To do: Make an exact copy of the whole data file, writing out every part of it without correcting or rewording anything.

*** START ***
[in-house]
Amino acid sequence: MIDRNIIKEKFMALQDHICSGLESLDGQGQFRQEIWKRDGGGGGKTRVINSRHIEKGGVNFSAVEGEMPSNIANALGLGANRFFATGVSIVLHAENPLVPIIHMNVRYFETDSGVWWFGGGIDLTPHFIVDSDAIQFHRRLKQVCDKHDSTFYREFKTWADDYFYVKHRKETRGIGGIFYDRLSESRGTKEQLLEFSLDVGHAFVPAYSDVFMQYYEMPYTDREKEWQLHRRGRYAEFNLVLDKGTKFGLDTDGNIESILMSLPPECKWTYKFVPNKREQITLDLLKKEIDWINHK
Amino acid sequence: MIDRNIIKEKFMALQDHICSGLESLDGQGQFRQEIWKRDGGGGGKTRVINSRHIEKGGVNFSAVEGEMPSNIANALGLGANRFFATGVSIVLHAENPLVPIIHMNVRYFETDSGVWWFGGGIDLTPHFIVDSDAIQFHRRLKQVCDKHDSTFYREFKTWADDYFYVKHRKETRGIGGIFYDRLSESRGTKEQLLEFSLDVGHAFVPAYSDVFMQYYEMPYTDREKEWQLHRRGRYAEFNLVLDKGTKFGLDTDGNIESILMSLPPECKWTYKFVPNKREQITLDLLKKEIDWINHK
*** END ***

[in-house]
Amino acid sequence: MIDRNIIKEKFMALQDHICSGLESLDGQGQFRQEIWKRDGGGGGKTRVINSRHIEKGGVNFSAVEGEMPSNIANALGLGANRFFATGVSIVLHAENPLVPIIHMNVRYFETDSGVWWFGGGIDLTPHFIVDSDAIQFHRRLKQVCDKHDSTFYREFKTWADDYFYVKHRKETRGIGGIFYDRLSESRGTKEQLLEFSLDVGHAFVPAYSDVFMQYYEMPYTDREKEWQLHRRGRYAEFNLVLDKGTKFGLDTDGNIESILMSLPPECKWTYKFVPNKREQITLDLLKKEIDWINHK
Amino acid sequence: MIDRNIIKEKFMALQDHICSGLESLDGQGQFRQEIWKRDGGGGGKTRVINSRHIEKGGVNFSAVEGEMPSNIANALGLGANRFFATGVSIVLHAENPLVPIIHMNVRYFETDSGVWWFGGGIDLTPHFIVDSDAIQFHRRLKQVCDKHDSTFYREFKTWADDYFYVKHRKETRGIGGIFYDRLSESRGTKEQLLEFSLDVGHAFVPAYSDVFMQYYEMPYTDREKEWQLHRRGRYAEFNLVLDKGTKFGLDTDGNIESILMSLPPECKWTYKFVPNKREQITLDLLKKEIDWINHK